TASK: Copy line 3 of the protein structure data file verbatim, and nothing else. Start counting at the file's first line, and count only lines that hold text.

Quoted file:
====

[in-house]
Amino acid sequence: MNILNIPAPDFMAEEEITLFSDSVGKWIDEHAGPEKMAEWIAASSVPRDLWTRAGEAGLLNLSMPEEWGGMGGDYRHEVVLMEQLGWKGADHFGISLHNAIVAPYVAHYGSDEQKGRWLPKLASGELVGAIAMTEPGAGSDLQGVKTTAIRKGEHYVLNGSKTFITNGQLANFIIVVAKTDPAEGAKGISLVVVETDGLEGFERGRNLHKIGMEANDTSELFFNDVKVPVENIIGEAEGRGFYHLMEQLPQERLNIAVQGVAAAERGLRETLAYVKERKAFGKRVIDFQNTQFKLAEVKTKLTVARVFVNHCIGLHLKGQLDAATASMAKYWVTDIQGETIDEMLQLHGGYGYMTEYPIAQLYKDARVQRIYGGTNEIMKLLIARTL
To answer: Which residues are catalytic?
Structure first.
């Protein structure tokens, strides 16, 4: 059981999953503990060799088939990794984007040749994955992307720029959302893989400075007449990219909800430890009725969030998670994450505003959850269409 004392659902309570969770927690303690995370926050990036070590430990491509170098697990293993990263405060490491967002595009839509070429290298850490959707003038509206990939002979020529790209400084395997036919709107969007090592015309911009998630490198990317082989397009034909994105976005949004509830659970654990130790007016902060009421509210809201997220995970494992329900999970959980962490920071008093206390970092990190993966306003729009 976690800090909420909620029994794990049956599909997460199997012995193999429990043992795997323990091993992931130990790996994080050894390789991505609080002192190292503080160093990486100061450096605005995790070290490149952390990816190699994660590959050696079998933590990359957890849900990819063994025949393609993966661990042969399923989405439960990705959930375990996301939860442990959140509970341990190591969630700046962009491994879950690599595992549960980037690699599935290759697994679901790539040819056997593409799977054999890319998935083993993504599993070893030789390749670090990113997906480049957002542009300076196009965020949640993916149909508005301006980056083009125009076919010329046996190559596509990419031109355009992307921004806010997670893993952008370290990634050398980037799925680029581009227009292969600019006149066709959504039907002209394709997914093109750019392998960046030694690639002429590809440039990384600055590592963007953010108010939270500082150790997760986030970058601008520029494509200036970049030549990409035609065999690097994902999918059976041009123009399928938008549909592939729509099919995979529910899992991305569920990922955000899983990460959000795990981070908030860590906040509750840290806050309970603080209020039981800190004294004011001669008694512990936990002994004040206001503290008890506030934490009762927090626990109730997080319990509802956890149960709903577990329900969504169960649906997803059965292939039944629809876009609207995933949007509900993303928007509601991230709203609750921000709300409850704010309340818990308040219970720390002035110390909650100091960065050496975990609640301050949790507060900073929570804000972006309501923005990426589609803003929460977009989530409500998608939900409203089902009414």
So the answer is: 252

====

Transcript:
To answer: Which residues are catalytic?